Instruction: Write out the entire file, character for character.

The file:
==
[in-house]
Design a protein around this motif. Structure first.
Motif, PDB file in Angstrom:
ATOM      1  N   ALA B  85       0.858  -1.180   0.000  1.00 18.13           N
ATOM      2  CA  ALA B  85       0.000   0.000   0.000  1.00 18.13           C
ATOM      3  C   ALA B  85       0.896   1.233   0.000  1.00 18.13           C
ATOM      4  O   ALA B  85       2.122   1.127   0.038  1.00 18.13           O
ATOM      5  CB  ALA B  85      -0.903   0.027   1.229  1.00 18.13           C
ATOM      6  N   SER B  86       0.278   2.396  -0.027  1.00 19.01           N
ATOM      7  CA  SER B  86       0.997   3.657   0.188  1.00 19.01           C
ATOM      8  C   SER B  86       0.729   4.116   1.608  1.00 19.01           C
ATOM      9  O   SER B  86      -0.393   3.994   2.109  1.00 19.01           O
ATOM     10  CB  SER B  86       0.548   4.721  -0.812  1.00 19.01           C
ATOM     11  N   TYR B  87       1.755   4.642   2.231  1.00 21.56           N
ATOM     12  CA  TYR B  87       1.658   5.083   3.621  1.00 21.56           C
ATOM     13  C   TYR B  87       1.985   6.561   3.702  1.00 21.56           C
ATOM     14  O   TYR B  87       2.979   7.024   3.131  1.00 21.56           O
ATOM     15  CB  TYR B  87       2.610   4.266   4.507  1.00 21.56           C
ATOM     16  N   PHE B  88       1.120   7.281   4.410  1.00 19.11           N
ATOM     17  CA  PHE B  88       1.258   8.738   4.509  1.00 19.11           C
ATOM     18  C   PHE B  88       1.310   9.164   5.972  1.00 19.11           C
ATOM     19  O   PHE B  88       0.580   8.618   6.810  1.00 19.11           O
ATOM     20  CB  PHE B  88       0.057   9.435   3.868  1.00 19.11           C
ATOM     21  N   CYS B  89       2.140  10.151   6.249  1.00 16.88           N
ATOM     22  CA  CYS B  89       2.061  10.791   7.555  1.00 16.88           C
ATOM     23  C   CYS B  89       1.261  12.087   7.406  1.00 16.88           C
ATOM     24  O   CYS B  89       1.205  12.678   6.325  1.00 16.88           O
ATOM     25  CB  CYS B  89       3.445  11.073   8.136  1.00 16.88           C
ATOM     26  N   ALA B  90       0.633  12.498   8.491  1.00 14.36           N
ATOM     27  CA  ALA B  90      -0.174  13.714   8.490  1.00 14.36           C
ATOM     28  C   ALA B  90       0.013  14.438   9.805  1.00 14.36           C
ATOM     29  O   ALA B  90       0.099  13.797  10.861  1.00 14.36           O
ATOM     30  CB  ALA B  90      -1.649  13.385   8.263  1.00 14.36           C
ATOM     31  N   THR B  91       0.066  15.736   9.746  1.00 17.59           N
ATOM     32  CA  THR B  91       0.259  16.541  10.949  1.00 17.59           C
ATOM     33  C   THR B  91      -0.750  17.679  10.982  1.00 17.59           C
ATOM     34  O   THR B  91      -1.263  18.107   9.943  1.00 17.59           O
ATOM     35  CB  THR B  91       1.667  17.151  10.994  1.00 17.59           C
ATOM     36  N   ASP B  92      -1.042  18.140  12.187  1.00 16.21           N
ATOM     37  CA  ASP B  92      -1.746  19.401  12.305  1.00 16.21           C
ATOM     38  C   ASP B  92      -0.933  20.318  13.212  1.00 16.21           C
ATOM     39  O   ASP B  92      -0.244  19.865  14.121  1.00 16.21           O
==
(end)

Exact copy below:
[in-house]
Design a protein around this motif. Structure first.
Motif, PDB file in Angstrom:
ATOM      1  N   ALA B  85       0.858  -1.180   0.000  1.00 18.13           N
ATOM      2  CA  ALA B  85       0.000   0.000   0.000  1.00 18.13           C
ATOM      3  C   ALA B  85       0.896   1.233   0.000  1.00 18.13           C
ATOM      4  O   ALA B  85       2.122   1.127   0.038  1.00 18.13           O
ATOM      5  CB  ALA B  85      -0.903   0.027   1.229  1.00 18.13           C
ATOM      6  N   SER B  86       0.278   2.396  -0.027  1.00 19.01           N
ATOM      7  CA  SER B  86       0.997   3.657   0.188  1.00 19.01           C
ATOM      8  C   SER B  86       0.729   4.116   1.608  1.00 19.01           C
ATOM      9  O   SER B  86      -0.393   3.994   2.109  1.00 19.01           O
ATOM     10  CB  SER B  86       0.548   4.721  -0.812  1.00 19.01           C
ATOM     11  N   TYR B  87       1.755   4.642   2.231  1.00 21.56           N
ATOM     12  CA  TYR B  87       1.658   5.083   3.621  1.00 21.56           C
ATOM     13  C   TYR B  87       1.985   6.561   3.702  1.00 21.56           C
ATOM     14  O   TYR B  87       2.979   7.024   3.131  1.00 21.56           O
ATOM     15  CB  TYR B  87       2.610   4.266   4.507  1.00 21.56           C
ATOM     16  N   PHE B  88       1.120   7.281   4.410  1.00 19.11           N
ATOM     17  CA  PHE B  88       1.258   8.738   4.509  1.00 19.11           C
ATOM     18  C   PHE B  88       1.310   9.164   5.972  1.00 19.11           C
ATOM     19  O   PHE B  88       0.580   8.618   6.810  1.00 19.11           O
ATOM     20  CB  PHE B  88       0.057   9.435   3.868  1.00 19.11           C
ATOM     21  N   CYS B  89       2.140  10.151   6.249  1.00 16.88           N
ATOM     22  CA  CYS B  89       2.061  10.791   7.555  1.00 16.88           C
ATOM     23  C   CYS B  89       1.261  12.087   7.406  1.00 16.88           C
ATOM     24  O   CYS B  89       1.205  12.678   6.325  1.00 16.88           O
ATOM     25  CB  CYS B  89       3.445  11.073   8.136  1.00 16.88           C
ATOM     26  N   ALA B  90       0.633  12.498   8.491  1.00 14.36           N
ATOM     27  CA  ALA B  90      -0.174  13.714   8.490  1.00 14.36           C
ATOM     28  C   ALA B  90       0.013  14.438   9.805  1.00 14.36           C
ATOM     29  O   ALA B  90       0.099  13.797  10.861  1.00 14.36           O
ATOM     30  CB  ALA B  90      -1.649  13.385   8.263  1.00 14.36           C
ATOM     31  N   THR B  91       0.066  15.736   9.746  1.00 17.59           N
ATOM     32  CA  THR B  91       0.259  16.541  10.949  1.00 17.59           C
ATOM     33  C   THR B  91      -0.750  17.679  10.982  1.00 17.59           C
ATOM     34  O   THR B  91      -1.263  18.107   9.943  1.00 17.59           O
ATOM     35  CB  THR B  91       1.667  17.151  10.994  1.00 17.59           C
ATOM     36  N   ASP B  92      -1.042  18.140  12.187  1.00 16.21           N
ATOM     37  CA  ASP B  92      -1.746  19.401  12.305  1.00 16.21           C
ATOM     38  C   ASP B  92      -0.933  20.318  13.212  1.00 16.21           C
ATOM     39  O   ASP B  92      -0.244  19.865  14.121  1.00 16.21           O